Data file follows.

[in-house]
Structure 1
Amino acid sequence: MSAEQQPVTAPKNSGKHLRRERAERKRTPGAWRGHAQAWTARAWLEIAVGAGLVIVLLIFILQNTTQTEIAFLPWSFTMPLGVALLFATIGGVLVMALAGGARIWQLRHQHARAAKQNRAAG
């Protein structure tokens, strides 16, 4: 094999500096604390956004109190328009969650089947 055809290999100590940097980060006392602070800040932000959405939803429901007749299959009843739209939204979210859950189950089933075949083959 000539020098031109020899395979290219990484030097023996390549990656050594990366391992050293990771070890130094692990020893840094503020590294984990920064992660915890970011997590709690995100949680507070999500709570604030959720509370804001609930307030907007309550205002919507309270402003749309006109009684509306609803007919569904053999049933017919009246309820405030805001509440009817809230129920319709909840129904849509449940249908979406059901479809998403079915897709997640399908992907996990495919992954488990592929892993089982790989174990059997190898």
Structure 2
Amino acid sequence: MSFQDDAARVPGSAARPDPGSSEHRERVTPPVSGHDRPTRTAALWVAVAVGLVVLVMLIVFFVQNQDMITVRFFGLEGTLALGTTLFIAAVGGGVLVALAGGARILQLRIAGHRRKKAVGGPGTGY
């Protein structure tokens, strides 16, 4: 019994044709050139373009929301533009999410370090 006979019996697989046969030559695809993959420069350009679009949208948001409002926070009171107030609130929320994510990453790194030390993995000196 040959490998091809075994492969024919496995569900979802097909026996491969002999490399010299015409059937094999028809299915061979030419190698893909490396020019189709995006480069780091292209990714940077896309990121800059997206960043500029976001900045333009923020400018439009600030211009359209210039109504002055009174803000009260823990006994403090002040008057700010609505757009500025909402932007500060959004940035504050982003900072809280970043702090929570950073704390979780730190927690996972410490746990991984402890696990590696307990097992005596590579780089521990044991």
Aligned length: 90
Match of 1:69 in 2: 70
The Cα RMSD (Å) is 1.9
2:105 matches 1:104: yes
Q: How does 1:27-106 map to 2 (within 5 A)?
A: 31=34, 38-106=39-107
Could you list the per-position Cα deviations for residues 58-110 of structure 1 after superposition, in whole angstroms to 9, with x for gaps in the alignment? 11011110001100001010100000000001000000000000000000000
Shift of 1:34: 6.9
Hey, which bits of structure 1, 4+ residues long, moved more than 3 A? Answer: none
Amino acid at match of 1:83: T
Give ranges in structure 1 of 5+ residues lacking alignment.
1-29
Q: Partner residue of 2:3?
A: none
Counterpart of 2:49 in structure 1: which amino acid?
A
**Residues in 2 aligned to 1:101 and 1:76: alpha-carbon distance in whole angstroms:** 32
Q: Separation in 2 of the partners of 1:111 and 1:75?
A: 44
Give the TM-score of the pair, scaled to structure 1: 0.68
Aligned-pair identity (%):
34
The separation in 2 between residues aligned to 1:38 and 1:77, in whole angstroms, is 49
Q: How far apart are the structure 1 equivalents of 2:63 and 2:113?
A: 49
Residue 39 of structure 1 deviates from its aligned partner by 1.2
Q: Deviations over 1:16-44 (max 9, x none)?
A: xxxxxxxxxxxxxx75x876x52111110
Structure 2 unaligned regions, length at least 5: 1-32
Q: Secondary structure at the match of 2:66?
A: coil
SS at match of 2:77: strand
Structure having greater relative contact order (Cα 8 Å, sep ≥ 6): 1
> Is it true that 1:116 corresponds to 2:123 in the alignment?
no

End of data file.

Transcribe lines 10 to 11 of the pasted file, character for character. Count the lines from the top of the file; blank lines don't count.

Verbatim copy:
The Cα RMSD (Å) is 1.9
2:105 matches 1:104: yes